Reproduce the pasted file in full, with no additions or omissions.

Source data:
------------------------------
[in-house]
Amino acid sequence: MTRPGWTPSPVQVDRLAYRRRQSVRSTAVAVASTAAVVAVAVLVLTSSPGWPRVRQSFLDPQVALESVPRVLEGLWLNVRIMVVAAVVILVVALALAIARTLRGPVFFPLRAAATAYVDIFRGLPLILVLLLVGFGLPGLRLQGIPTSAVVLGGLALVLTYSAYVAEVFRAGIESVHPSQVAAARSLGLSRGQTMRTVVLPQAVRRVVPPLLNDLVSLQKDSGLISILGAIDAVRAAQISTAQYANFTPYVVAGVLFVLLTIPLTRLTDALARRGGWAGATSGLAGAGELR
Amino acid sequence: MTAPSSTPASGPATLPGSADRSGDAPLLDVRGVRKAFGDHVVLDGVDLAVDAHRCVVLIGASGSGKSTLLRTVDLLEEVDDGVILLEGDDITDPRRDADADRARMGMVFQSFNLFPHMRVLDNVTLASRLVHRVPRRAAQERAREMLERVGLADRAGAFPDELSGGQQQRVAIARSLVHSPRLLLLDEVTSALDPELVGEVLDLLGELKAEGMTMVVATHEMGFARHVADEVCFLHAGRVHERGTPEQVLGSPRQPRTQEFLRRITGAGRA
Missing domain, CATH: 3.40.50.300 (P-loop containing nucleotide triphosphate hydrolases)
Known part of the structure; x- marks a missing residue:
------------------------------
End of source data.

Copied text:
[in-house]
Amino acid sequence: MTRPGWTPSPVQVDRLAYRRRQSVRSTAVAVASTAAVVAVAVLVLTSSPGWPRVRQSFLDPQVALESVPRVLEGLWLNVRIMVVAAVVILVVALALAIARTLRGPVFFPLRAAATAYVDIFRGLPLILVLLLVGFGLPGLRLQGIPTSAVVLGGLALVLTYSAYVAEVFRAGIESVHPSQVAAARSLGLSRGQTMRTVVLPQAVRRVVPPLLNDLVSLQKDSGLISILGAIDAVRAAQISTAQYANFTPYVVAGVLFVLLTIPLTRLTDALARRGGWAGATSGLAGAGELR
Amino acid sequence: MTAPSSTPASGPATLPGSADRSGDAPLLDVRGVRKAFGDHVVLDGVDLAVDAHRCVVLIGASGSGKSTLLRTVDLLEEVDDGVILLEGDDITDPRRDADADRARMGMVFQSFNLFPHMRVLDNVTLASRLVHRVPRRAAQERAREMLERVGLADRAGAFPDELSGGQQQRVAIARSLVHSPRLLLLDEVTSALDPELVGEVLDLLGELKAEGMTMVVATHEMGFARHVADEVCFLHAGRVHERGTPEQVLGSPRQPRTQEFLRRITGAGRA
Missing domain, CATH: 3.40.50.300 (P-loop containing nucleotide triphosphate hydrolases)
Known part of the structure; x- marks a missing residue: